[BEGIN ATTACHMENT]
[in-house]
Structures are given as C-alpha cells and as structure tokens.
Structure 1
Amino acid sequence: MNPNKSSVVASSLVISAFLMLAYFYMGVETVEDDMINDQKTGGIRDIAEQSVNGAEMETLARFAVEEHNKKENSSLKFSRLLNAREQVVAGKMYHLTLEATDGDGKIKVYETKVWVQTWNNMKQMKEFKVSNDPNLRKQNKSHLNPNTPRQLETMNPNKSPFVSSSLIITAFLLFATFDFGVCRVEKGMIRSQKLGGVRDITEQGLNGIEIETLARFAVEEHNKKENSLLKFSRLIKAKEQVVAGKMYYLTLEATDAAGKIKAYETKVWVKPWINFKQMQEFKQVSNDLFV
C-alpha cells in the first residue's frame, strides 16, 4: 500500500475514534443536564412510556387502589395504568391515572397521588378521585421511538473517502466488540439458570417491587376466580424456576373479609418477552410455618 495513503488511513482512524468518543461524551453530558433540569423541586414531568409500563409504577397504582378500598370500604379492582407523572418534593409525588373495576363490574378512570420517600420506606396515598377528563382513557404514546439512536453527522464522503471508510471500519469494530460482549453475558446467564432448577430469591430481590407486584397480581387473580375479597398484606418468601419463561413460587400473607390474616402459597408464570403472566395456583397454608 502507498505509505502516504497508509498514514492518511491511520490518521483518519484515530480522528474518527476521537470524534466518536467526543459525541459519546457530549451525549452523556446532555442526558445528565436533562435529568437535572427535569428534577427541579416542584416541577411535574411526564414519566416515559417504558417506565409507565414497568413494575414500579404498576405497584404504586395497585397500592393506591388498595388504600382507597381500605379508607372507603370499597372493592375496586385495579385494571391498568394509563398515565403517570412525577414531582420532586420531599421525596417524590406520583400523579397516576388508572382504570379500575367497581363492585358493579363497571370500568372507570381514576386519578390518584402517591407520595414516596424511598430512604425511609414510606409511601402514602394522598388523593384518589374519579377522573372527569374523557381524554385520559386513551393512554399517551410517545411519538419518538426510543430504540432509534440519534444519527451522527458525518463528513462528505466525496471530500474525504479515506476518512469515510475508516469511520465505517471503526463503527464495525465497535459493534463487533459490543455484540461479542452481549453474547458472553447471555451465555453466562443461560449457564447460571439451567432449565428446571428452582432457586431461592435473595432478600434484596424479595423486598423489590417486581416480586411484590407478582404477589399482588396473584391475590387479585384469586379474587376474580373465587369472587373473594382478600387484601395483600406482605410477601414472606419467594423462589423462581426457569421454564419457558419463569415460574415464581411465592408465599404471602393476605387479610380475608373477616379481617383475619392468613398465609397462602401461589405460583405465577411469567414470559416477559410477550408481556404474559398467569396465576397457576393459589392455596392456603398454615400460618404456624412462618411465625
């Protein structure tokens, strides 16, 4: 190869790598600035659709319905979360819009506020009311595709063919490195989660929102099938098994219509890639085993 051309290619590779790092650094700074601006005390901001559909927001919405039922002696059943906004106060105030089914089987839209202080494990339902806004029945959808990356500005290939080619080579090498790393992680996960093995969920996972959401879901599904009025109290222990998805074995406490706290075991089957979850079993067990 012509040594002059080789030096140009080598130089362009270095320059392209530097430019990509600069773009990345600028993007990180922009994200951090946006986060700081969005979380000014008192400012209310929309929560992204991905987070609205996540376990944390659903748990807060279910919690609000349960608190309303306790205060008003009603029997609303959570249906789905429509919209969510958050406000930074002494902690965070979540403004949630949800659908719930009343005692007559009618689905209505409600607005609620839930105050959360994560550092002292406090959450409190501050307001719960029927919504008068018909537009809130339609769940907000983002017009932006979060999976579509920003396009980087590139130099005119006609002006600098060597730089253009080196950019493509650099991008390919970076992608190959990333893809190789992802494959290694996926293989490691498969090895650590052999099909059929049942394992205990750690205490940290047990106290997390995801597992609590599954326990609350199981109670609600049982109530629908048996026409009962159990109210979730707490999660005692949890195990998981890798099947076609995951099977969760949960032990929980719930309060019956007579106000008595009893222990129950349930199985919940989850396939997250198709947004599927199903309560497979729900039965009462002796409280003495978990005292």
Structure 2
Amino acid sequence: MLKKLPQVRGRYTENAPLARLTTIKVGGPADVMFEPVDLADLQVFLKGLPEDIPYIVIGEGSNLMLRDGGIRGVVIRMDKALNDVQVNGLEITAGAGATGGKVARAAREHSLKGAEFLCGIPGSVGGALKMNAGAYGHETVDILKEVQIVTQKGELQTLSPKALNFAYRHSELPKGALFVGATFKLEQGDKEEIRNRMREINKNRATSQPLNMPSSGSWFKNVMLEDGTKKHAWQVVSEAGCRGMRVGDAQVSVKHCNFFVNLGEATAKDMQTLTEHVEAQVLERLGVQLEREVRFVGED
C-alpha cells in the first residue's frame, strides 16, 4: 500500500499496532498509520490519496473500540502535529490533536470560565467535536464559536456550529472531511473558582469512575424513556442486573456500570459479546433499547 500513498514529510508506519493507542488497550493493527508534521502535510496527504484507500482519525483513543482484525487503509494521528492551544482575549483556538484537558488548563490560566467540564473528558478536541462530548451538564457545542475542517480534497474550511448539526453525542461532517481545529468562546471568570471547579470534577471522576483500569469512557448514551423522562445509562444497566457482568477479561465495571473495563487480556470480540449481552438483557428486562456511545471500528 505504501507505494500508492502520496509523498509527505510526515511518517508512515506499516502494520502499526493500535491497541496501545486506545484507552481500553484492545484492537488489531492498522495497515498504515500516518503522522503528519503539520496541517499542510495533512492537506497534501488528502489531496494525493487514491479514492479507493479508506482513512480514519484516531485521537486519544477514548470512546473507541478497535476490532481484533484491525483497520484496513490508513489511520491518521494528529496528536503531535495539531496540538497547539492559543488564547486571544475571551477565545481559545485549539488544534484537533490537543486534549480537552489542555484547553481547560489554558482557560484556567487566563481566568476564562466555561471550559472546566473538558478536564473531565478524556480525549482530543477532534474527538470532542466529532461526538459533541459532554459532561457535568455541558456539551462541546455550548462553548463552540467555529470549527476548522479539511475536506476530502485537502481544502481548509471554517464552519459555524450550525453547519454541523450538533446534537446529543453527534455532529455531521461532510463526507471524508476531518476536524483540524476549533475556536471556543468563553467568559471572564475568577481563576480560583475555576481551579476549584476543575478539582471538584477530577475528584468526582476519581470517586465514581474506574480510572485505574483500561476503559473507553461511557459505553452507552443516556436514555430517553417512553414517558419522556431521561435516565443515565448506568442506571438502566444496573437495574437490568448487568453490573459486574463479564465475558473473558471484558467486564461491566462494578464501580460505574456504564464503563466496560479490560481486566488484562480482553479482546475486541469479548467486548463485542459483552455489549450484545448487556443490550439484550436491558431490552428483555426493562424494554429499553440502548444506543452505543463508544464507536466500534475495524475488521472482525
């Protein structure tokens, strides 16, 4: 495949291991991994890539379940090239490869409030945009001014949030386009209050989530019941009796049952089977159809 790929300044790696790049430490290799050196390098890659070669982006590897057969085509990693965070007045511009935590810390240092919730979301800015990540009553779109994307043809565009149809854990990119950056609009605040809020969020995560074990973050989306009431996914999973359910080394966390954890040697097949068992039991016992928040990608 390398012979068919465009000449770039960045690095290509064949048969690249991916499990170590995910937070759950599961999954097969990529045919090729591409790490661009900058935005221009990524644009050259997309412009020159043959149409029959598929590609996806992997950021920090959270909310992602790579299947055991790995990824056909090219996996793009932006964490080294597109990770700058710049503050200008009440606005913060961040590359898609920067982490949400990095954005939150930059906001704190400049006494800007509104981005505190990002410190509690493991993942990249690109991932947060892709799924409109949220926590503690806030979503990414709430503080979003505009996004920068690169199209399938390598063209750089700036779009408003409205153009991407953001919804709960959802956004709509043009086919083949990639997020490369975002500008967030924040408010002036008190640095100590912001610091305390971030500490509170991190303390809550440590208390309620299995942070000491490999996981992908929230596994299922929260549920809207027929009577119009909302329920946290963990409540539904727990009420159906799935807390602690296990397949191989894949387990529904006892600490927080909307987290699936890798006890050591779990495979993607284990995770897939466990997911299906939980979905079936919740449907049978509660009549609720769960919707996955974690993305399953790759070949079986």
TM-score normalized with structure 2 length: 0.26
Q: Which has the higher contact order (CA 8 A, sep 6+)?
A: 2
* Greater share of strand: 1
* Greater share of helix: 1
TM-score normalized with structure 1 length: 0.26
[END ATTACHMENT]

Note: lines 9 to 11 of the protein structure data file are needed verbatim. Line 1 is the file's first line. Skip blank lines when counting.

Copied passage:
C-alpha cells in the first residue's frame, strides 16, 4: 500500500499496532498509520490519496473500540502535529490533536470560565467535536464559536456550529472531511473558582469512575424513556442486573456500570459479546433499547 500513498514529510508506519493507542488497550493493527508534521502535510496527504484507500482519525483513543482484525487503509494521528492551544482575549483556538484537558488548563490560566467540564473528558478536541462530548451538564457545542475542517480534497474550511448539526453525542461532517481545529468562546471568570471547579470534577471522576483500569469512557448514551423522562445509562444497566457482568477479561465495571473495563487480556470480540449481552438483557428486562456511545471500528 505504501507505494500508492502520496509523498509527505510526515511518517508512515506499516502494520502499526493500535491497541496501545486506545484507552481500553484492545484492537488489531492498522495497515498504515500516518503522522503528519503539520496541517499542510495533512492537506497534501488528502489531496494525493487514491479514492479507493479508506482513512480514519484516531485521537486519544477514548470512546473507541478497535476490532481484533484491525483497520484496513490508513489511520491518521494528529496528536503531535495539531496540538497547539492559543488564547486571544475571551477565545481559545485549539488544534484537533490537543486534549480537552489542555484547553481547560489554558482557560484556567487566563481566568476564562466555561471550559472546566473538558478536564473531565478524556480525549482530543477532534474527538470532542466529532461526538459533541459532554459532561457535568455541558456539551462541546455550548462553548463552540467555529470549527476548522479539511475536506476530502485537502481544502481548509471554517464552519459555524450550525453547519454541523450538533446534537446529543453527534455532529455531521461532510463526507471524508476531518476536524483540524476549533475556536471556543468563553467568559471572564475568577481563576480560583475555576481551579476549584476543575478539582471538584477530577475528584468526582476519581470517586465514581474506574480510572485505574483500561476503559473507553461511557459505553452507552443516556436514555430517553417512553414517558419522556431521561435516565443515565448506568442506571438502566444496573437495574437490568448487568453490573459486574463479564465475558473473558471484558467486564461491566462494578464501580460505574456504564464503563466496560479490560481486566488484562480482553479482546475486541469479548467486548463485542459483552455489549450484545448487556443490550439484550436491558431490552428483555426493562424494554429499553440502548444506543452505543463508544464507536466500534475495524475488521472482525
């Protein structure tokens, strides 16, 4: 495949291991991994890539379940090239490869409030945009001014949030386009209050989530019941009796049952089977159809 790929300044790696790049430490290799050196390098890659070669982006590897057969085509990693965070007045511009935590810390240092919730979301800015990540009553779109994307043809565009149809854990990119950056609009605040809020969020995560074990973050989306009431996914999973359910080394966390954890040697097949068992039991016992928040990608 390398012979068919465009000449770039960045690095290509064949048969690249991916499990170590995910937070759950599961999954097969990529045919090729591409790490661009900058935005221009990524644009050259997309412009020159043959149409029959598929590609996806992997950021920090959270909310992602790579299947055991790995990824056909090219996996793009932006964490080294597109990770700058710049503050200008009440606005913060961040590359898609920067982490949400990095954005939150930059906001704190400049006494800007509104981005505190990002410190509690493991993942990249690109991932947060892709799924409109949220926590503690806030979503990414709430503080979003505009996004920068690169199209399938390598063209750089700036779009408003409205153009991407953001919804709960959802956004709509043009086919083949990639997020490369975002500008967030924040408010002036008190640095100590912001610091305390971030500490509170991190303390809550440590208390309620299995942070000491490999996981992908929230596994299922929260549920809207027929009577119009909302329920946290963990409540539904727990009420159906799935807390602690296990397949191989894949387990529904006892600490927080909307987290699936890798006890050591779990495979993607284990995770897939466990997911299906939980979905079936919740449907049978509660009549609720769960919707996955974690993305399953790759070949079986």
TM-score normalized with structure 2 length: 0.26